New SGA Bureau Chief Grace Novarr reports on this week’s happenings in your favorite student government, during which SGA met with representatives from the Center for Engaged Pedagogy.
Welcome back to another week of SGA coverage! As usual, today’s meeting started with introductions and external announcements by each of the representatives.
Emily Ndiokho BC ‘22, VP for Policy, reminded everyone to sign SGA’s petition for Barnard to allow students to P/D/F a major or minor requirement. The petition is almost ready to be presented to the administration. Ndiokho also reminded attendees that day, March 29th, was the deadline for applying to summer housing.
Vivian Todd BC ‘21, University Senator, shared that the voting form for SGA elections would be released on Tuesday, following technical difficulties.
Carmela Casaburi BC ‘23, Representative for Wellness, invited listeners to follow @barnardwellness and to be on the lookout for events announced in the coming week.
Parker Watts BC ‘22, Representative for Inclusive Initiatives, voiced support for the graduate students’ ongoing strike, and invited Black students at Barnard to fill out the Bold, Beautiful, Black @ Barnard form to get a care package consisting entirely of items sourced from Black-owned businesses or Black authors.
Bex Allen BC ‘21, Representative for Academic Affairs, announced that the neuroscience department is releasing a feedback form for STEM majors that asks students to report on how their experiences in their department have prepared them to confront racism in their field.
Bannon Beall BC ‘22, Representative for Food and Dining, reminded attendees that there is a survey going around asking for feedback from students who are fasting during Ramadan.
Chelsea Sinclair BC ‘21, Senior Representative to the Board of Trustees, echoed Vivian’s announcement about technical difficulties with the election form and explained that the voting deadline would be extended to accommodate these difficulties.
After a reading of the Community Guidelines, SGA heard a presentation from the Center for Engaged Pedagogy. The presenters were Jennifer Rosales, the Executive Director of the CEP, and Alex Pittman, Assistant Director for Teaching and Learning Initiatives. They opened by sharing the CEP’s mission, which is to center and strengthen Barnard’s academic engagement with support for students’ well-beings, and to cultivate and share strategies for improving and experimenting with pedagogy.
Rosales explained that the CEP views pedagogy as “an active process through which students and faculty experience mutual growth.” Through a series of events and initiatives, the CEP aims to push the frontiers of pedagogical scholarship, both at Barnard specifically and in the more general world of higher education. The CEP wants to establish itself as a central resource for teaching and learning at Barnard, and over the course of the presentation, Rosales and Pittman explained the specifics of how the CEP, in the year and a half since its inception, has been working towards these goals.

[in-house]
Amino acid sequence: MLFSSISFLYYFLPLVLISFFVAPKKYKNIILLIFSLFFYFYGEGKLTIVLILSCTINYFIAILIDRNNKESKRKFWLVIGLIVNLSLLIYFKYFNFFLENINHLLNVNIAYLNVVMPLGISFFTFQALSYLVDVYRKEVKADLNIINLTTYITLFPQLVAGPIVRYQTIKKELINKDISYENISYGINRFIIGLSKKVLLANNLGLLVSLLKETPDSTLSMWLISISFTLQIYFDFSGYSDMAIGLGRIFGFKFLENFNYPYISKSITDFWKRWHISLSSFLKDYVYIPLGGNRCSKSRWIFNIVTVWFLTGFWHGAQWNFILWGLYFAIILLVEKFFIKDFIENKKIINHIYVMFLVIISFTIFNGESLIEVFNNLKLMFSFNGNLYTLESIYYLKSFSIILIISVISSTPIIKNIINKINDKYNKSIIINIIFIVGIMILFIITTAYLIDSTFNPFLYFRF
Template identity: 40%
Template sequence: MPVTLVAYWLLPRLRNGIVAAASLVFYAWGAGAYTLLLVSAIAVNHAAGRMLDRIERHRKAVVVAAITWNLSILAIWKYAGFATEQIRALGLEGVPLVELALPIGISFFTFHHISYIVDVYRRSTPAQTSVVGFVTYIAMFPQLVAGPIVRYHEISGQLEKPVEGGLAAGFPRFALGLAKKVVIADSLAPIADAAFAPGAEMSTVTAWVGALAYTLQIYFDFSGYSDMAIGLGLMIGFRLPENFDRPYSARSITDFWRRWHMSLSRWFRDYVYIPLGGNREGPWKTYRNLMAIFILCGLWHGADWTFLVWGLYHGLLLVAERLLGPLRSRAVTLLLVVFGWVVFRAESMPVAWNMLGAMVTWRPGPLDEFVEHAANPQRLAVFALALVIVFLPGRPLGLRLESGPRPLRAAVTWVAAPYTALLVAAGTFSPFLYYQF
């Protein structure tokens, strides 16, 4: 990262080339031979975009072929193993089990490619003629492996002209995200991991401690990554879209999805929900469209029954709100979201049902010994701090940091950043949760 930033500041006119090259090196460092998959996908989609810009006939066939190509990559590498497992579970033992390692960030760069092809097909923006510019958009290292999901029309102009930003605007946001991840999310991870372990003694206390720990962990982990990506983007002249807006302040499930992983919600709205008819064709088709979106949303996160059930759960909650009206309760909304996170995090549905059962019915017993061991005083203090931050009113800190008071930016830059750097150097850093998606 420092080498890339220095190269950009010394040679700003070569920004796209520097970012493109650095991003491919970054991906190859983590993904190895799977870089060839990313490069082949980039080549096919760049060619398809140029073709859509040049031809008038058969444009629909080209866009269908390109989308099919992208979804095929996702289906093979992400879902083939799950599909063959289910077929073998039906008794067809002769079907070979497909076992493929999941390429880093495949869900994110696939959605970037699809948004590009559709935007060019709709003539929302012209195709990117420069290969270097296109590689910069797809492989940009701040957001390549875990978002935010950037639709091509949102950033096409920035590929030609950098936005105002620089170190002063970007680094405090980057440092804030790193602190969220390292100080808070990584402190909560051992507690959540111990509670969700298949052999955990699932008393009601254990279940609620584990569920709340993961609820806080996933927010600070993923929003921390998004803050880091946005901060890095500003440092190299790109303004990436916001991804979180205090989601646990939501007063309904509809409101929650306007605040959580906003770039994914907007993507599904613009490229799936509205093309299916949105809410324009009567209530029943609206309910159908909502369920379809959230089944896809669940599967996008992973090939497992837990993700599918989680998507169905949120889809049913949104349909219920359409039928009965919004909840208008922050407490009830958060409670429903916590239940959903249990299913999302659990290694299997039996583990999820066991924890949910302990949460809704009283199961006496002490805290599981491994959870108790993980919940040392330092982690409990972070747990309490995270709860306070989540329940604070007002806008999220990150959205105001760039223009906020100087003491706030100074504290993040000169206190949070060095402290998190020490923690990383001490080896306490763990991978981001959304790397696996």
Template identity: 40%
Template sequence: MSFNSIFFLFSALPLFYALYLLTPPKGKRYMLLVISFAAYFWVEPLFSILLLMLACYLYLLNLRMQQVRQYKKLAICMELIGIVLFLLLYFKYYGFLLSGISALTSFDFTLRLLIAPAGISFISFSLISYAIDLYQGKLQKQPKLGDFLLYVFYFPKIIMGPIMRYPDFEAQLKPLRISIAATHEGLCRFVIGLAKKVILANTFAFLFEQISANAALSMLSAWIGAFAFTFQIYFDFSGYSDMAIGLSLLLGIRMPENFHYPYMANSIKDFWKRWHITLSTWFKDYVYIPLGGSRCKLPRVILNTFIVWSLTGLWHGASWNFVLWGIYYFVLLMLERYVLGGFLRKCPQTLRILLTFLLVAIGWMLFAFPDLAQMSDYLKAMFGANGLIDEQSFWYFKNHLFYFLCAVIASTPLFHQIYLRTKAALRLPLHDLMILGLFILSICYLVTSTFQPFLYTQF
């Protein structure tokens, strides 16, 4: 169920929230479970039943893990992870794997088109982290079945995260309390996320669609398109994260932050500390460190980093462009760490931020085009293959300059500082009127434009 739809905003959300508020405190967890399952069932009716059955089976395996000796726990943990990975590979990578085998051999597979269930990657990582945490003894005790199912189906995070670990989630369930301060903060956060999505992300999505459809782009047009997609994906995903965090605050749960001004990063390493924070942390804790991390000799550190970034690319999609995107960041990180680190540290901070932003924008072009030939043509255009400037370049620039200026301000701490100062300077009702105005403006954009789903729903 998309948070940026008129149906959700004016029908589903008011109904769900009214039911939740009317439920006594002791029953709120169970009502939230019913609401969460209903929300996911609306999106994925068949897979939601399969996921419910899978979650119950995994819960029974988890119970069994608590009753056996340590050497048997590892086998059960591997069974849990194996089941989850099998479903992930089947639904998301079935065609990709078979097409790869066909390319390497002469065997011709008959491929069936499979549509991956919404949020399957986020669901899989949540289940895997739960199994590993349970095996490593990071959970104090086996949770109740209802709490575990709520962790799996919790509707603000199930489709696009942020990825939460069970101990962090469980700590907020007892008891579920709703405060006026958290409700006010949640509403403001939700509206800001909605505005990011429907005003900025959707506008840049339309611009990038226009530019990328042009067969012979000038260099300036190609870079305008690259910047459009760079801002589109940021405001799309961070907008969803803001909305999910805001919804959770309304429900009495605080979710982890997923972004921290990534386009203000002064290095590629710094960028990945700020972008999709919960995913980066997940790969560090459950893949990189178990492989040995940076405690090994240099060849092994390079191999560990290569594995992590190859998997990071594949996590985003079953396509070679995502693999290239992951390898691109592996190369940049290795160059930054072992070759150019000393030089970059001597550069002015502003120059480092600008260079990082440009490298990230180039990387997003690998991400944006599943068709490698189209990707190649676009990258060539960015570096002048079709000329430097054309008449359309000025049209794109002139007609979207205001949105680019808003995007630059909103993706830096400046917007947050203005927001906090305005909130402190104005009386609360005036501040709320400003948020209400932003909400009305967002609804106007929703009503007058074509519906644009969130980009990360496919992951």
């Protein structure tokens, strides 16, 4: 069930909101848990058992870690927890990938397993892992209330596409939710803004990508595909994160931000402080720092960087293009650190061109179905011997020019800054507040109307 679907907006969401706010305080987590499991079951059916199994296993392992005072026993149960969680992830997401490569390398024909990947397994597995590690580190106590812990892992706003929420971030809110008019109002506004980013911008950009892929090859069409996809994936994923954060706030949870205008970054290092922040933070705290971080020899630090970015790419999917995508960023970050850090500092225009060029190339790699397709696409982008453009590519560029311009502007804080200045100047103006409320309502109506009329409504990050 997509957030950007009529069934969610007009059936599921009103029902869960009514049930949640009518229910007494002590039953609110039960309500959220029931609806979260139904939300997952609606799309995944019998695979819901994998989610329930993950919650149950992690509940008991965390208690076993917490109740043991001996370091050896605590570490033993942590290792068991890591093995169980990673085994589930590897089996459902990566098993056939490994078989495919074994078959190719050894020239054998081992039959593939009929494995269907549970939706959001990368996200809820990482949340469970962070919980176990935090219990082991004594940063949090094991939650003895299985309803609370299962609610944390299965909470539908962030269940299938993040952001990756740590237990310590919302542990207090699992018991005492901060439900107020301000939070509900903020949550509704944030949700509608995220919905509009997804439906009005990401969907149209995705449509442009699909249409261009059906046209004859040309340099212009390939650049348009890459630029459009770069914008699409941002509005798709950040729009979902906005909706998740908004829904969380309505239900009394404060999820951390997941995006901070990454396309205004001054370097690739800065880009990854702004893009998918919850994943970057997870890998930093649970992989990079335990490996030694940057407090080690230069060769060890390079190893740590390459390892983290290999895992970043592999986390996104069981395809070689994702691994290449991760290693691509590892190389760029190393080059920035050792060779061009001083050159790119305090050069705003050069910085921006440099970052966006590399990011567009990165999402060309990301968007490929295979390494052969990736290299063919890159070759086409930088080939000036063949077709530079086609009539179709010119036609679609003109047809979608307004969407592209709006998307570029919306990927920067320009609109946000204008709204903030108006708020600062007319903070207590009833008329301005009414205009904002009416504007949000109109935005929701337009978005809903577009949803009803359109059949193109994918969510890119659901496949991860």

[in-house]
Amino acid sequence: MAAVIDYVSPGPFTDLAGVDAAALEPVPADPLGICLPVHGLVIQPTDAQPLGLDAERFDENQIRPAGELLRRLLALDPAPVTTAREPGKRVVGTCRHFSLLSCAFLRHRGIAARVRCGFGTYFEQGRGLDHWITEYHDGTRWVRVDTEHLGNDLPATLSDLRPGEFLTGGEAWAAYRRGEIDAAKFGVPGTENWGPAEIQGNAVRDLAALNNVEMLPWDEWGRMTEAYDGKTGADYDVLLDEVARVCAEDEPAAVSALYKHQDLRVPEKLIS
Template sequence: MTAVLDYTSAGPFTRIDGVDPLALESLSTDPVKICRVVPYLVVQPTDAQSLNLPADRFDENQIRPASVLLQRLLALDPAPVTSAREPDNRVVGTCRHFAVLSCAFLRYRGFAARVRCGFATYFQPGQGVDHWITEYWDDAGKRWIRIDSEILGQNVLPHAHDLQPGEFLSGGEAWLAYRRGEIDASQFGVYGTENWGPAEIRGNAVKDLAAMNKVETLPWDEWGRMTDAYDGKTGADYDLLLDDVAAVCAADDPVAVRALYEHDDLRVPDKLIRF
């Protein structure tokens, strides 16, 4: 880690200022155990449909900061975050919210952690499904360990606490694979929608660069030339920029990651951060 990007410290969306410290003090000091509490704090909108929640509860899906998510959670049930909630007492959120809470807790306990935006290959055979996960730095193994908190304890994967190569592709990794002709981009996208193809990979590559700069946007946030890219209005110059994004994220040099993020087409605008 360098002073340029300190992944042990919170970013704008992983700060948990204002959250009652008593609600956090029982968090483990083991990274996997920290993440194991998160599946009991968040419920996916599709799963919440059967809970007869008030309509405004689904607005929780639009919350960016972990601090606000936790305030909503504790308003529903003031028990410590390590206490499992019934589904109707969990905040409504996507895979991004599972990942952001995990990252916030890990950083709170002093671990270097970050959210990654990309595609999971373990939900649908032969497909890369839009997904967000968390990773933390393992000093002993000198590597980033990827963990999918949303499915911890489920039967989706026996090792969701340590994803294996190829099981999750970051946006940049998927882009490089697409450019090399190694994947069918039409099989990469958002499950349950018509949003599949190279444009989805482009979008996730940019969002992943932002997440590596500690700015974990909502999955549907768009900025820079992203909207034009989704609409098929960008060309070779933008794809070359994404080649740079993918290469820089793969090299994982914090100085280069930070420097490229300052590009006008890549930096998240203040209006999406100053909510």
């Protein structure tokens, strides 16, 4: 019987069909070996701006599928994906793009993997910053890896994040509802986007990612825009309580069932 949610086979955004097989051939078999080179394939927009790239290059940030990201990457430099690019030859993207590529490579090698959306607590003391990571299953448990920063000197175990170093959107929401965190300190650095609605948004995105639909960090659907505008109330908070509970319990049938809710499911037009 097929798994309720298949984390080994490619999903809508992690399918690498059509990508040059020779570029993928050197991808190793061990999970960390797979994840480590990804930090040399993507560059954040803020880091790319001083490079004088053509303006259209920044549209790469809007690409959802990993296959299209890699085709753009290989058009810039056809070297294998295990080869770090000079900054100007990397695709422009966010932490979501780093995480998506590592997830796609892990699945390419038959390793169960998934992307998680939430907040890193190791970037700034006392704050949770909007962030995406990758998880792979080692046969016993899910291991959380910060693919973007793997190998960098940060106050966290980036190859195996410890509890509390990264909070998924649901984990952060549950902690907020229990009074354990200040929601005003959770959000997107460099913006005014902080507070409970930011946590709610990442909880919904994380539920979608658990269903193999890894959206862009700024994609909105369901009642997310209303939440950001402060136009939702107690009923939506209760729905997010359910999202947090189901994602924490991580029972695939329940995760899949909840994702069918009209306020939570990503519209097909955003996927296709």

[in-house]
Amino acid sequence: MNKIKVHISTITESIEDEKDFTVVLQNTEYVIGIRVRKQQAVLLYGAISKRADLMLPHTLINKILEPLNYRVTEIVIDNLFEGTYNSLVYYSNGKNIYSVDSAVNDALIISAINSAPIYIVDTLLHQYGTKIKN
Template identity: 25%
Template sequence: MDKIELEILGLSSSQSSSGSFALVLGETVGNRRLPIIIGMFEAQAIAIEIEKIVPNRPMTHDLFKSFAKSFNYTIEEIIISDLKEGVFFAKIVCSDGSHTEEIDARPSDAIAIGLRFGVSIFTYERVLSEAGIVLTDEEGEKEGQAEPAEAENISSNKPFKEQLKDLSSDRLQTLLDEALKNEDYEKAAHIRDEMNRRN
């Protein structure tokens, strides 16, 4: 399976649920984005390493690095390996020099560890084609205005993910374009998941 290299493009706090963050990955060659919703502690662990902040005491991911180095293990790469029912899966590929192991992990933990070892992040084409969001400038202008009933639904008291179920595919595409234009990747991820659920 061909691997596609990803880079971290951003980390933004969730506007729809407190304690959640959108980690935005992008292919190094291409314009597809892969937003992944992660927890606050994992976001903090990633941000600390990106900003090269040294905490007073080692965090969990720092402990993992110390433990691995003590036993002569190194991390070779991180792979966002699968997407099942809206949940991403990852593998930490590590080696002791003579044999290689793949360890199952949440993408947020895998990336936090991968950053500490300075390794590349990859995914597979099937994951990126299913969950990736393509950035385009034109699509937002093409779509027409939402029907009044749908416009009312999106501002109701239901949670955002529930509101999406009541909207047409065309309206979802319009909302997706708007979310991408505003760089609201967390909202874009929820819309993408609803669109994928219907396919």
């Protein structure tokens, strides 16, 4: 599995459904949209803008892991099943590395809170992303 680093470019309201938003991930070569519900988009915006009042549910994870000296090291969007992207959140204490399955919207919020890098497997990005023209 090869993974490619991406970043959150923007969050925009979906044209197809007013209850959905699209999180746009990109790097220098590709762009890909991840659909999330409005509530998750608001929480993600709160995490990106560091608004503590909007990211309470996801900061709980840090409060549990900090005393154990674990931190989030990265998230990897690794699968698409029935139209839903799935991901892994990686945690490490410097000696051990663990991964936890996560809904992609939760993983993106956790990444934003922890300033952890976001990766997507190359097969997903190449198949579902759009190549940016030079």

One specific initiative that the CEP took was the Curricular Design Institute, in which over 80 faculty members participated. This workshop event focused on helping faculty discover how best to adapt their courses to remote learning; attendees collaborated to share ideas and strategies for translating their pedagogical practices across mediums. Another event in a similar vein was the Summer Pedagogy Symposium, a 42-workshop series that explored topics including online student engagement, addressing racism in the classroom, and creating accessible learning experiences. Sessions were led by students as well as faculty, fostering an environment that was inclusive of perspectives across pedagogical functions.
Another project of the CEP is the Institute on Anti-Racism, a year-long interdisciplinary faculty collaboration that aims to reimagine classroom practices, course design, institutional labor, and disciplinary fields through the lens of anti-racism.
Additionally, during the 2020 election season, the CEP was home to a series of discussions in partnership with the committee on faculty diversity and development to discover the best ways to incorporate discussion of the presidential election in a classroom setting. Faculty who had been teaching at Barnard during the 2016 election were invited to share their perspectives and insights arising from this experience.
Pittman mentioned that an initiative that he was particularly proud of was the Beyond Content speaking series, in which scholars who have made contributions to new and inclusive strategies for teaching were invited to share their insights. The speaking series sought to restructure core course with an eye towards inclusion; visiting speakers included the academics Bryan Dewsbury, Maria Scharron-del Rio, and Dipti Desai.
The CEP also lent its support to the Barnard Bold conferences that took place in February and were organized around the topic of fostering a culture of care and equity in a classroom setting, focusing on compassion as a pedagogical practice.